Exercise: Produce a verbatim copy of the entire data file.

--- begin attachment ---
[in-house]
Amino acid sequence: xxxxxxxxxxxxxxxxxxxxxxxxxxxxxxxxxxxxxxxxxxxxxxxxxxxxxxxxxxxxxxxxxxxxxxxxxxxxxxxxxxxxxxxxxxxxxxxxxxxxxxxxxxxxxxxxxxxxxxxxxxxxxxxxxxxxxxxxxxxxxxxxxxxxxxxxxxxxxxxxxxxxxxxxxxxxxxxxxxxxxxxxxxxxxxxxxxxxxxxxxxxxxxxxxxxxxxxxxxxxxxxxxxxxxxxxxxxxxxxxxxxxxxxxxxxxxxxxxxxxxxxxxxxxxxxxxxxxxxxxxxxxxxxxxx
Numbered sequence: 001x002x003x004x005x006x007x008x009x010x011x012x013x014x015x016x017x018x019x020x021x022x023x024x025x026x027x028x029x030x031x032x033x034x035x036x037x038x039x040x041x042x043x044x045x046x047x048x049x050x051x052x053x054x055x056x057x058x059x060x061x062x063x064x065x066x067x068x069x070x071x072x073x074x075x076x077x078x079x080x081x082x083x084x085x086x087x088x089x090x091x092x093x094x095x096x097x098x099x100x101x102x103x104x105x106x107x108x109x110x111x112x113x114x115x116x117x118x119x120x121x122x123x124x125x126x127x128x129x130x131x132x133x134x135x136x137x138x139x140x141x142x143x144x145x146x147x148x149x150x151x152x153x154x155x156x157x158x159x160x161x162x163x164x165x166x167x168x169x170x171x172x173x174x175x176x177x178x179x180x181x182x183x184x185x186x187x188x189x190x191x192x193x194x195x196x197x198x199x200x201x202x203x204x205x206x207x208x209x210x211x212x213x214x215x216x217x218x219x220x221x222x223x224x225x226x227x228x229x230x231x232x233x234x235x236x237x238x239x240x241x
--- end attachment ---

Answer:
[in-house]
Amino acid sequence: xxxxxxxxxxxxxxxxxxxxxxxxxxxxxxxxxxxxxxxxxxxxxxxxxxxxxxxxxxxxxxxxxxxxxxxxxxxxxxxxxxxxxxxxxxxxxxxxxxxxxxxxxxxxxxxxxxxxxxxxxxxxxxxxxxxxxxxxxxxxxxxxxxxxxxxxxxxxxxxxxxxxxxxxxxxxxxxxxxxxxxxxxxxxxxxxxxxxxxxxxxxxxxxxxxxxxxxxxxxxxxxxxxxxxxxxxxxxxxxxxxxxxxxxxxxxxxxxxxxxxxxxxxxxxxxxxxxxxxxxxxxxxxxxxx
Numbered sequence: 001x002x003x004x005x006x007x008x009x010x011x012x013x014x015x016x017x018x019x020x021x022x023x024x025x026x027x028x029x030x031x032x033x034x035x036x037x038x039x040x041x042x043x044x045x046x047x048x049x050x051x052x053x054x055x056x057x058x059x060x061x062x063x064x065x066x067x068x069x070x071x072x073x074x075x076x077x078x079x080x081x082x083x084x085x086x087x088x089x090x091x092x093x094x095x096x097x098x099x100x101x102x103x104x105x106x107x108x109x110x111x112x113x114x115x116x117x118x119x120x121x122x123x124x125x126x127x128x129x130x131x132x133x134x135x136x137x138x139x140x141x142x143x144x145x146x147x148x149x150x151x152x153x154x155x156x157x158x159x160x161x162x163x164x165x166x167x168x169x170x171x172x173x174x175x176x177x178x179x180x181x182x183x184x185x186x187x188x189x190x191x192x193x194x195x196x197x198x199x200x201x202x203x204x205x206x207x208x209x210x211x212x213x214x215x216x217x218x219x220x221x222x223x224x225x226x227x228x229x230x231x232x233x234x235x236x237x238x239x240x241x